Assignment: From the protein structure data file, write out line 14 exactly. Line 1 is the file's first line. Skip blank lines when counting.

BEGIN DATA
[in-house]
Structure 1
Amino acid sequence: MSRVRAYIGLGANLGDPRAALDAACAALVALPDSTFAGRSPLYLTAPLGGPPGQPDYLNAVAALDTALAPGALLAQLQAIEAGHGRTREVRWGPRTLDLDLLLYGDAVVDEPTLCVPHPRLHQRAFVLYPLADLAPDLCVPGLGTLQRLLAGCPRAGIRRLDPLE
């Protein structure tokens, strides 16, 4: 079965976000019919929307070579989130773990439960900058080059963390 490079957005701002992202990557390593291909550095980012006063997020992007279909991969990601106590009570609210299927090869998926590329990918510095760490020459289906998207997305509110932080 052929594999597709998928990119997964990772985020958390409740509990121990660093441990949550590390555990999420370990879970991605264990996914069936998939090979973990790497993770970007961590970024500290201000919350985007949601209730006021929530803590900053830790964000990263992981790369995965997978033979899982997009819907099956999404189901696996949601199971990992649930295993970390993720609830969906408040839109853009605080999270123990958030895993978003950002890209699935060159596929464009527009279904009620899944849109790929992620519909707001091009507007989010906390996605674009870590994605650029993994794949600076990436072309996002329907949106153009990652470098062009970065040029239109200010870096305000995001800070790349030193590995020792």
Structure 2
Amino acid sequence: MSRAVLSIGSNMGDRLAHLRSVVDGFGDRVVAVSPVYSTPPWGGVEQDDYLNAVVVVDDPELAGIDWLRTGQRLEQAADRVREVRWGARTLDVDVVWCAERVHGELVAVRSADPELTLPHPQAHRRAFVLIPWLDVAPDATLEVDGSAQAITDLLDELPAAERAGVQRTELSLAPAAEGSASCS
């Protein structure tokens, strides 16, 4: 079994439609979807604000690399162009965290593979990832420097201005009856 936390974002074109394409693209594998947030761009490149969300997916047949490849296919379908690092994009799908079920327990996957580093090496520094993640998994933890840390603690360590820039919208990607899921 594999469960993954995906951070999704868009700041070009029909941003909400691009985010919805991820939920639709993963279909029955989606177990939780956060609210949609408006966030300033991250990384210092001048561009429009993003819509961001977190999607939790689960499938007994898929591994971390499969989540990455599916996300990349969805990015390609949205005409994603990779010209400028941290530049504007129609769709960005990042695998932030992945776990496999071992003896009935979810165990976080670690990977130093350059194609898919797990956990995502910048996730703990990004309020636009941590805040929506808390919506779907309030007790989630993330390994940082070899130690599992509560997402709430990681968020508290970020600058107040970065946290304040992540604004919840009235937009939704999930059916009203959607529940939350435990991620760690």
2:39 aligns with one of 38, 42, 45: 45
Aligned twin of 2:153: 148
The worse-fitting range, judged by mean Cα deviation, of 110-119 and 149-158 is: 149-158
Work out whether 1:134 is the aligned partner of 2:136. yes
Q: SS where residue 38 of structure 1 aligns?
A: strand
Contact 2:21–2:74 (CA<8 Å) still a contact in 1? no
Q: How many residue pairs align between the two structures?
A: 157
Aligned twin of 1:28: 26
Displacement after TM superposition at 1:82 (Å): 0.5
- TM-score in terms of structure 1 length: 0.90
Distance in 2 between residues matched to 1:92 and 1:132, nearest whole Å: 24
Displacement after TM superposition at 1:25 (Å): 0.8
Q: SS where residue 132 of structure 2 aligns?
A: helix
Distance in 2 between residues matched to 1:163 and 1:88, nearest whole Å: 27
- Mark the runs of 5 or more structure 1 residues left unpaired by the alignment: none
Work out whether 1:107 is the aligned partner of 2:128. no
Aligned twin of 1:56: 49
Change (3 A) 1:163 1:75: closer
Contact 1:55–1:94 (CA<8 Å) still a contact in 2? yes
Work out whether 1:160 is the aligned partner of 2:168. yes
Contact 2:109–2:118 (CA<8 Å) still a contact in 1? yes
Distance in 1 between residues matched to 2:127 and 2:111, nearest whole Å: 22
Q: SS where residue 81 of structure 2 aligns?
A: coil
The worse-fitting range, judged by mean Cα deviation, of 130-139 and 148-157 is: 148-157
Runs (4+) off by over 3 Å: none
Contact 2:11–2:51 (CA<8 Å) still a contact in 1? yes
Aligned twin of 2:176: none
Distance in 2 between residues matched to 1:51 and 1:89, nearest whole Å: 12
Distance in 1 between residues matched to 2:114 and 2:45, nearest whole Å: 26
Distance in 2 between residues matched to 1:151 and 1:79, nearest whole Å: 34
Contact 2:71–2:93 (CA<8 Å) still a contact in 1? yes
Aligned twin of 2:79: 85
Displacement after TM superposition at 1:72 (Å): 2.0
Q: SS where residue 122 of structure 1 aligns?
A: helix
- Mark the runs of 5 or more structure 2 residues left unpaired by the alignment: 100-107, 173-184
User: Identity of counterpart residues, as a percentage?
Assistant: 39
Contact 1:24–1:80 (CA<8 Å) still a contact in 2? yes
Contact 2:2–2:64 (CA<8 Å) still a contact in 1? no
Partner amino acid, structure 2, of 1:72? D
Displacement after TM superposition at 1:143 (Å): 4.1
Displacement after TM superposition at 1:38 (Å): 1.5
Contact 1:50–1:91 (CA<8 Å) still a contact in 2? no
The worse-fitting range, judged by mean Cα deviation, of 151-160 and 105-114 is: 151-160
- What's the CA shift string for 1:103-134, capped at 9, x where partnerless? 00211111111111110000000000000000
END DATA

Contact 2:21–2:74 (CA<8 Å) still a contact in 1? no